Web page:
Jacqueline Kennedy and the Classical Ideal

Nancy Sultan

Illinois Wesleyan University

"In our own homes we find a beauty and a good taste which delight us every day and which drive away our cares. Then the greatness of our city brings it about that all the good things from all over the world flow in to us, so that to us it seems just as natural to enjoy foreign goods as our own local products." We know this to be a excerpt from Pericles' Funeral Oration (trans. Warner), but it could very well have been said by Jackie Kennedy—and was, in so many words—during her televised Tour of the White House on Valentine's Day, 1962. Jackie was a tireless advocate for the preservation of neo-classical architecture in and around Capitol Hill, restoring the White House to it's neo-Classic and Baroque glory, and arguing successfully against the Eisenhower plans to tear down the old State Department building west of the White House and replace the Federal style row houses in Lafayette Square. During her time in the White House she spent an estimated $50,000 a year on clothes (Klemesrud 1968, 32), working closely with her clothing designer, Oleg Cassini, to create a "new look" that was, in fact, a revival of the 18th and 19th century neo-Classical, continuing the long modern tradition of the "lure of the classical" (Haskell & Penny 1981).

In this paper I argue that it was the classical ideal—not "Camelot"—that guided Mrs. Kennedy as she crafted what Cassini called her "American-International" look (Cassini 1995, 22). The First Lady imaged herself as America's Greek muse, projecting the message of the simple beauty, youth, and vitality of the Kennedy Administration through visual metaphors drawn from neo-Classical fashion, art, and architecture, especially as expressed in Old Master Italian paintings and 18th and 19th century France. With the classical allusion she intended to bring the cultural and artistic elegance of old Europe to the US, and further JFKs own Periclean vision of an America that was the education of the world.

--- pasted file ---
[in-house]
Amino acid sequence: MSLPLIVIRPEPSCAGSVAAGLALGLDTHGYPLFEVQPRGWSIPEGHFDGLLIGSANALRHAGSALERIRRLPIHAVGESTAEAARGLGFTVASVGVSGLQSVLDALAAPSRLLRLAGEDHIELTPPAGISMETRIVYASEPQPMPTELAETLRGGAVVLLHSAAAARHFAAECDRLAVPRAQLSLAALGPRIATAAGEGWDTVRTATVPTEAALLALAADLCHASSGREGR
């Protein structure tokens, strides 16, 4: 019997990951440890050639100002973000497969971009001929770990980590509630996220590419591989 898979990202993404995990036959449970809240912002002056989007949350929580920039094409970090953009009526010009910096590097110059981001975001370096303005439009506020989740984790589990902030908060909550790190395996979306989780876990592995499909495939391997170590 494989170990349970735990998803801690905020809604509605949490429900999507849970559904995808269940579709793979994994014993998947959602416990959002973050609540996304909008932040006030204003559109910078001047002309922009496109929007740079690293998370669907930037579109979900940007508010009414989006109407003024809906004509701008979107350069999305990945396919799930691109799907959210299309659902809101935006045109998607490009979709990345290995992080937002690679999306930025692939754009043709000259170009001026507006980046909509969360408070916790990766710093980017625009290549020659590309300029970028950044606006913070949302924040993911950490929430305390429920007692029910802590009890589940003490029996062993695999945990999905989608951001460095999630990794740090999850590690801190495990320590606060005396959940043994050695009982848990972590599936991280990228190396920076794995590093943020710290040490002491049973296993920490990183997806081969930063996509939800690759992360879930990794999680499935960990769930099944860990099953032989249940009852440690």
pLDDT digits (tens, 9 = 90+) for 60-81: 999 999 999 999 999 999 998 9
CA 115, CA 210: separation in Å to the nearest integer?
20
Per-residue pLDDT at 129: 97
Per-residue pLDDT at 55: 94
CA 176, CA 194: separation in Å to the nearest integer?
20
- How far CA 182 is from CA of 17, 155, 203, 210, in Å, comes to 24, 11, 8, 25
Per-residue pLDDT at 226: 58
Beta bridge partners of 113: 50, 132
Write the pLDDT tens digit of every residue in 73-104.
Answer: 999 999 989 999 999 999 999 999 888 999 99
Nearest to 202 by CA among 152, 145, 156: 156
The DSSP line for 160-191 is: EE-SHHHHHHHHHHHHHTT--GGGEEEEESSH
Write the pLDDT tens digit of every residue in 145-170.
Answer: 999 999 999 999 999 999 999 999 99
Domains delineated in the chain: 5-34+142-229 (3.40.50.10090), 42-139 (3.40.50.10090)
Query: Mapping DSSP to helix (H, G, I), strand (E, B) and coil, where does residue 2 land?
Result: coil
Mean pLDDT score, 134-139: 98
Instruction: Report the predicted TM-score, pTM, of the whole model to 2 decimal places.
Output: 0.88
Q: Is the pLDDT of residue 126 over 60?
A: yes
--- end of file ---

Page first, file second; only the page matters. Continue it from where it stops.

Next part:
The traveling fashion exhibit Jacqueline Kennedy: The White House Years, organized in 2001 by the Metropolitan Museum of Art and the JFK Library and Museum reveals the strength of the classical themes that pervade the clothing designed for Mrs. Kennedy by Cassini. From the gray-green jersey peplos worn by Jackie for a 1962 White House dinner honoring Nobel prizewinners to the iconic "pill-box" hat that resembles a Doric capital, Jackie's clothing symbolized the simple, architectural interpretations expressed in the Parthenon and the sculptures of Phidias, Paionios, and Kephisodotos. "Is it a reverence for beauty or for history? I guess both," Jackie reflected in a 1962 interview, echoing again the sentiments of Pericles. The year 2006 will mark the forty-fifth anniversary of Jacqueline Kennedy's tenure as First Lady; The enormous influence that her particular brand of classical allusions had, and continues to have, on the formation of the American cultural identity cannot be overestimated.

Works Cited

Bowles, Hamish. 2001. Jacqueline Kennedy: The White House Years: Selections from the JFK Library and Museum. The Metropolitan Museum of Art, New York. New York: Bulfinch Press.

Cassini, Oleg. 1995. A Thousand Days of Magic: Dressing Jacqueline Kennedy for the White House.  New York: Rizzoli International.

Haskell, Francis. and Nicholas Penny. 1981. Taste and the Antique: The Lure of Classical Sculpture, 1500-1900. New Haven: Yale University Press.

Klemesrud, Judy. 1968. "Quest of Beauty Dominates Mrs. Kennedy's Life." New York Times 18 October, 32.


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